You are currently browsing the tag archive for the ‘ade2014’ tag.

Work in progress.

Work in progress 2011/2014.

One of the themes at the ADE 2014 Global Institute was “Changing Landscapes.” It made me reflect on the ways I’ve changed physically, personally and professionally since becoming and ADE in 2011. I’ve written about dieting before in my other blog and often say that I’ve been dieting since I was ten. That is not an exaggeration, sadly. If I’m not actively on a diet, I am constantly thinking about what I’m eating now or next or how I need to be exercising more. It’s an exhausting and oftentimes self-destructive thought process. I also don’t generally advertise that I am on diet* for a plethora of reasons, including fear of failure, fear of success, fear of being constantly monitored for what I put or don’t put in my mouth, et cetera. Oh, hey, I just noticed that “fear” is a recurring theme there. That’s the beauty of writing; I get to find out what’s going on in my brain.

I just passed the 33-pound mark and while I have a ways to go, I know I’m on a good path. I feel healthier and stronger, thanks to the Pure Barre, RIPPED and walking that I’ve been doing. I’m doing my second triathlon this weekend even though I haven’t done enough swimming this summer. Oh, well. I’ll have fun and finish the race regardless.

Personally (I played with the word “mentally” but that sounded weird), I’ve been practicing being in the present, slowing down my mind to appreciate what’s around me now. Letting go (of fears, assumptions, baggage), trusting (myself mostly) and surrendering (to experiences) are all ideas I’m working on this year. Jen shared this quote with me from Paradise in Plain Sight: “What a relief to accept that you will never get your act together. Then it is no longer an act” (emphasis mine). It’s hard to just be. Most times I like the idea of it more than living it. I guess that’s part of “the work,” yes?

Professionally, I’ve become a full-time administrator, rather than having two .5 gigs. Thank Jebus, because coordinating our IB Programme and being an assistant principal at the same time meant that I did neither job well. I’ve grown the most in approaching conflicts. I am conflict-averse and have to have many crucial conversations in my job. I have an awesome boss who handles conflict in a calm, direct, non-judgmental way, so my mission is to learn as much as I can from his example. Like the other areas, I still have a ways to go here as well.

*Vulnerability alert.

Torrey Pines

Torrey Pines

You know how you can buy orange juice concentrate? Having attending three ADE Institutes (2011 Phoenix, 2013 Austin, 2014 La Jolla) I can’t think of any other times in my life where I live in what I consider concentrate form: we spend a week with hundreds of other people eating, talking and traveling together. There’s little time for sleep! I’d hate to miss out on something cool (aka FOMO). It’s not easy to describe to others who haven’t experienced an Institute. I find that when I do try, I end up crying. Crying because I miss the constant laughing, the camaraderie of new-found friends, and the comfort of old friends that are family. There’s a hole in my heart when I have to say goodbye. No joke, it takes me a couple of weeks to recover. 

The week together proved that spending time cultivating and celebrating relationships is invaluable. (Side note: How can we expect kids to learn together if we don’t let them come together as people first?) As co-learners we explored new landscapes, uncovered histories and investigated mysteries like scientists might.  While studying languages is more my thing, it was good to be pushed beyond my comfort level, namely by being a citizen scientist and trying to sketch my learning.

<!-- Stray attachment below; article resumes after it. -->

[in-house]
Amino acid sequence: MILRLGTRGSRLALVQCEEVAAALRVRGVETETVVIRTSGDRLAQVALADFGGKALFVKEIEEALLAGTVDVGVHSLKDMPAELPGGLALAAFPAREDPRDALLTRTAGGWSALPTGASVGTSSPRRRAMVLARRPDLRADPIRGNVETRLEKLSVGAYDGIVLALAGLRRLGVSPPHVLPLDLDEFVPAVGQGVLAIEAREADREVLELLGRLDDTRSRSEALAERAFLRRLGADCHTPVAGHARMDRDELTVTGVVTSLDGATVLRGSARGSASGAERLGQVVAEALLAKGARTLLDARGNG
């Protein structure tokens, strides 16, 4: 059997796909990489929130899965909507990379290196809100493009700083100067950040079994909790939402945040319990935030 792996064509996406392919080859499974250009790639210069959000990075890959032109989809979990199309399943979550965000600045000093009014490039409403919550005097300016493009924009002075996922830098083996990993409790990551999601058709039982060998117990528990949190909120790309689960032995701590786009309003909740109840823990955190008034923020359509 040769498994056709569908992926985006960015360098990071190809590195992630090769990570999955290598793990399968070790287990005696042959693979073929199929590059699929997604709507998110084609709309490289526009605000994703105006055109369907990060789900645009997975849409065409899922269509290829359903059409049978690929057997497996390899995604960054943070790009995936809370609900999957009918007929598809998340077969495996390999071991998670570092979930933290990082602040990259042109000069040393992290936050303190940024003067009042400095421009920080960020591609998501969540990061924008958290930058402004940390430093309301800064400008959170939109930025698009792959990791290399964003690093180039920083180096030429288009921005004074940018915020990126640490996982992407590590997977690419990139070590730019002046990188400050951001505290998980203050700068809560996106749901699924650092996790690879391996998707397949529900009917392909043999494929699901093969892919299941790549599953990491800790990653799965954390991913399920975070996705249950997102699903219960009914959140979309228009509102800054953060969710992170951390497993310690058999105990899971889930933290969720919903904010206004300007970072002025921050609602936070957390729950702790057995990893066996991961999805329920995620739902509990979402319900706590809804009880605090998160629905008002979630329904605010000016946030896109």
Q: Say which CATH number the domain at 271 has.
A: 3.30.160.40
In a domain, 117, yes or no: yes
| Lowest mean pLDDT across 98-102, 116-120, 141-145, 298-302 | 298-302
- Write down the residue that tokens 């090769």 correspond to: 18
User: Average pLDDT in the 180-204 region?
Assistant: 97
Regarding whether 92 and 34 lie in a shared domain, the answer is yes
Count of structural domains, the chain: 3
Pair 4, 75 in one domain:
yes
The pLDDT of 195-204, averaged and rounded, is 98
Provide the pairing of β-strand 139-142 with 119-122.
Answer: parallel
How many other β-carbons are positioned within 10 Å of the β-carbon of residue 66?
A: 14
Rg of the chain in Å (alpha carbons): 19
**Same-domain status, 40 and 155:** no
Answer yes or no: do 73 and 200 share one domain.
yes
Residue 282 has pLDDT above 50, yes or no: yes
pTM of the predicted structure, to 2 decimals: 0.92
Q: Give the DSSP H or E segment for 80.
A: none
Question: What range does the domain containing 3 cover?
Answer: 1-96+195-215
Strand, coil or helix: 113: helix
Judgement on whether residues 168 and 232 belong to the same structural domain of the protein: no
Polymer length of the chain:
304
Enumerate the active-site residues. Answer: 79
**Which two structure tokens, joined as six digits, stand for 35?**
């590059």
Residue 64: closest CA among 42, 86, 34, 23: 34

A long way to go.

A long way to go.

Other learning take-aways for the week, in no particular order:

  1. While Drew Berry was specifically talking about science at the time, it holds true for any content: “Don’t dumb it down.” When I hear that classes aren’t “rigorous” enough, it may be because they’ve been dumbed down. Edit the tasks, not the content.
  2. Douglas Kiang spoke about coding in a way that opened my eyes to its secret power (I knew it was powerful but making it people-centered spoke to me): “What matters most is connecting with others.” 
  3. Process time is really important. We need to be sure to build this in for our students (of all ages).
  4. There is a difference between storytelling and lecturing. 
  5. Be present. I have to work hard on being present, in general. I conscientiously focused on the experience last week mostly because I didn’t want it to end and also I wanted it lodged in my memory. I tried to soak in the landscapes I saw with my eyes as open as possible and listen as intently as I could. It didn’t slow down the time, but I have clear memories of the sights and sounds of the week. 
  6. Jen and I had a lovely conversation with Rebecca Stockley the morning we were flying out. The term “witness” came up as we talked about the experience of the Institute and trying to take it all in, being present and remembering it all. That’s the beauty of the shared experience–we bear witness to the good and the bad and take that with us. 
  7. Related, Jen and I talked a lot after the Institute about the love and respect that was palpable in the ADE ballroom and around the campus. Last Friday afternoon when Rebecca asked us to close our eyes and think about being an ADE, I suddenly found the energy in the room emotionally overwhelming and had a little meltdown during the celebration, bordering full-on ugly cry. I love that ADE Institutes provide a safe place where I can be filter-free and goofy for a whole week with people I love and respect. 


Scripps Beach

Scripps Beach

Flickr Photos

Tweet tweet


counter for wordpress
    follow me on Twitter